# Confusion about error term in ARMA-model when predicting future values

Let's say I'm fitting data for example to ARMA(1,1)-model:

$x_t = \phi x_{t-1} + \epsilon_t + \theta \epsilon_{t-1}$.

Now I estimate the parameters $\phi$ and $\theta$ and solve some values for them, e.g.

$x_t = 0.7 x_{t-1} + \epsilon_t + 0.8 \epsilon_{t-1}$ (I just made the numbers up)

Let's say this the best model for my problem at hand and I begin forecasting.

So I make the forecast

$x_{t+1} = 0.7 x_{t} + \epsilon_{t+1} + 0.8 \epsilon_{t}$.

Now where I get confused is with the future value of the error term $\epsilon_{t+1}$. How can I solve this value? Should I predict the residuals also or should I use the expected value of $\epsilon_{t+1}$, which should be 0. Hope my question is clear =)

Thank you for any help =)

EDIT:

About the value of $\epsilon_{t+1}$. Should I estimate the value of $\epsilon_{t+1}$ by assuming (as in literature normally is assumed) that the noise process $\epsilon_t$ is normally distributed $\epsilon_t$ ~ $iidN(0,\sigma_{\epsilon}^2)$ and then use estimation techniques (Least squares, Maximum likelihood, Yule-Walker) to estimate the value for noise process variance $\widehat{\sigma}_{\epsilon}^2$ and then just evaluate value for $\epsilon_{t+1}$ ~ $iidN(0,\widehat{\sigma}_{\epsilon}^2)$ from the estimated Gaussian distribution?

• can you clarify what the e(t) is as well? thanks.
– user55261
Sep 4, 2014 at 17:42
• @Tee Kay $\epsilon$ is fairly standard notation for random additive components indexed by time $t$, as suggested by how this post calls it the "error term" and describes it as possibly having a normal distribution. For instance, the Wikipedia article on ARMA uses the same notation.
– whuber
Sep 4, 2014 at 18:24

So I make the forecast

$x_{t+1}=0.7x_t+ϵ_{t+1}+0.8ϵ_t$.

Now where I get confused is with the future value of the error term ϵt+1. How can I solve this value? Should I predict the residuals also or should I use the expected value of ϵt+1, which should be 0. Hope my question is clear =)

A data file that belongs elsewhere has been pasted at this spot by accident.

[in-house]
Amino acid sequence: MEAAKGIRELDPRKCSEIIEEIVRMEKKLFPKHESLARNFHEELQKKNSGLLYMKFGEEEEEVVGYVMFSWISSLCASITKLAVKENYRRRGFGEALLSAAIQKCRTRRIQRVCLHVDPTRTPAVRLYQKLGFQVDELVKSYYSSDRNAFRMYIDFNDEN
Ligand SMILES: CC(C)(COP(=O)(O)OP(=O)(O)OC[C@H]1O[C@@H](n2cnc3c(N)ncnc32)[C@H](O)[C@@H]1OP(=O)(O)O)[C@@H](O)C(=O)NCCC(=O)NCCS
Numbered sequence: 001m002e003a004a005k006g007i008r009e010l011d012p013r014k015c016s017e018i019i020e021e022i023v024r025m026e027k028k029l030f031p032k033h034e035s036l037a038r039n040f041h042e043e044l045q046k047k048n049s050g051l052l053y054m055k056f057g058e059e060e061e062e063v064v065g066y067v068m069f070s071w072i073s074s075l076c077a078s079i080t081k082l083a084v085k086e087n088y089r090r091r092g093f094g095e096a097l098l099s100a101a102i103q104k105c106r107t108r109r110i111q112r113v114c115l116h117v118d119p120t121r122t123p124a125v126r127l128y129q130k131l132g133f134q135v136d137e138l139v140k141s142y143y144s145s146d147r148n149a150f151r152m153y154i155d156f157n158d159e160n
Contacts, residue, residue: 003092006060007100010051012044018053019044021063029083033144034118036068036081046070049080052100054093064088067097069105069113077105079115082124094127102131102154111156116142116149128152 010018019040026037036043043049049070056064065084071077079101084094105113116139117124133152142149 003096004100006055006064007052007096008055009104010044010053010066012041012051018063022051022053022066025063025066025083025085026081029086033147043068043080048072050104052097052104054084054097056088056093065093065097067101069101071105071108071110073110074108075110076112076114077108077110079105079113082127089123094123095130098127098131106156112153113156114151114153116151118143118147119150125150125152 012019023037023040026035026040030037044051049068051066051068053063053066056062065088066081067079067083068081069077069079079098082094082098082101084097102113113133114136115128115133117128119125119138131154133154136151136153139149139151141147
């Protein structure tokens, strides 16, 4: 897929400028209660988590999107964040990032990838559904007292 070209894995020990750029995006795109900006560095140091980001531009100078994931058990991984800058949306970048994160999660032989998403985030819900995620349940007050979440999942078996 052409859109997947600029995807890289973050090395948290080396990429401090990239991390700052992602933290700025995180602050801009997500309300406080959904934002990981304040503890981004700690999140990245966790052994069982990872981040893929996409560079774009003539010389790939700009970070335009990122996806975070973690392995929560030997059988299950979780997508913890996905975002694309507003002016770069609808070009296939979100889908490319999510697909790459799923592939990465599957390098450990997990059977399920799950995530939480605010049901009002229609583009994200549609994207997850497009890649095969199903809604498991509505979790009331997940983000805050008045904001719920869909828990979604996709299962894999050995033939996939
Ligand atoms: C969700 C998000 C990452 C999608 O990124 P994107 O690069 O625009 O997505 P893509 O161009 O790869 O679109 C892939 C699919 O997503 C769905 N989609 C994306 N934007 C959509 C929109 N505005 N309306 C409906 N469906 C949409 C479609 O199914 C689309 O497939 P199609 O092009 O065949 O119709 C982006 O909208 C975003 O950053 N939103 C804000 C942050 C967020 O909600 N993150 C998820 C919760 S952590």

Yes, you are right, but you mean an ARMA(1,1) or ARIMA(1,0,1). So you want to calculate the one-period forecasts of an ARMA(1,1), which is the same as an ARIMA(1,0,1).

the one-period forecast is given by: $\hat{x}_{t+1|t}=E(\phi_1x_t + \delta + \epsilon_{t+1} + \theta \epsilon_t|x_t,...,x_1)$ In your case it seems, that you have no constant term?

So this gives in your case

$\hat{x}_{t+1|t}=E(0.7 x_t + \epsilon_{t+1} + 0.8 \epsilon_t|x_t,...,x_1)$

Since $E(\epsilon_{t+1})=0$ this gives

$\hat{x}_{t+1|t}=0.7x_t+0.8\epsilon_t$

About the value of ϵt+1. Should I estimate the value of ϵt+1 by assuming (as in literature normally is assumed) that the noise process ϵt is normally distributed ϵt ~ iidN(0,σ2ϵ) and then use estimation techniques (Least squares, Maximum likelihood, Yule-Walker) to estimate the value for noise process variance σˆ2ϵ and then just evaluate value for ϵt+1 ~ iidN(0,σˆ2ϵ) from the estimated Gaussian distribution?

I am not sure: You mean you want to calculate the "variance" of the forecast to get prediction intervals? This is done by calculating the mean squared error. To do the following you have to know the principals of time series analysis, I just give a short summary and application in your case:

The forecast error is given by

$MSE(\hat{x}_{t+I|t})=E((x_{T+I}-\hat{x}_{T+I|T})^2)=(1+\Psi_1^2+...+\Psi_{I-1}^2)\sigma_\epsilon^2$

The $\Psi$ are obtained as follows:

$a(L)x_t=b(L)\epsilon_t$

In your case of an specific ARMA(1,1): $(1-0.7L)x_t=(1+0.0.8L)\epsilon_t$ This can be written as (look at a time series book):

$(1-0.7L)x_t * (1+ \Psi_1L+ \Psi_2L^2+...)=1+0.8L$

you can solve this and obtain the $\Psi$ values. This is not necessary in this case, since you only need the MSE of the one step ahead prediction. So $MSE(\hat{x}_{t+I|t})=E((x_{T+I}-\hat{x}_{T+I|T})^2)=(1+\Psi_1^2+...+\Psi_{I-1}^2)\sigma_\epsilon^2$ reduces in case of $I=1$ to $MSE(\hat{x}_{t+1|t})=\sigma_\epsilon^2$

the $\sigma_\epsilon^2$ can be obtained from your output in R/STATA or whatever you use.

• Thank you for your reply =) To answer your questions: "Yes, you are right, but you mean an ARMA(1,1) or ARIMA(1,0,1)." Sorry that was my bad, I meant ARMA(1,1), I fixed the text :) And yes no constant term. "I am not sure: You mean you want to calculate the "variance" of the forecast to get prediction intervals?" No. What I'm asking there is should I use the estimated distribution of the noise process (Gaussian) to get the value for $\epsilon_{t+1}$, because in my time series book there is a part where the variance of the noise process is estimated. The expected value is assumed to be 0. Apr 10, 2013 at 13:43
• After I have found the distribution for the noise process I just pick a random value for $\epsilon_{t+1}$ from the distribution. This was my question =) But based on your answer it seems this isn't necessary. Did I make my point clear? ;D Thank you again for good reply! :) Apr 10, 2013 at 13:45
• Just did ;) Thank you again =) Would give you more points if I could ;D Apr 10, 2013 at 13:53
• @jjepsuomi yeah, I saw it after posting it, so I deleted it again, but thanks! Youre welcome. Apr 10, 2013 at 13:53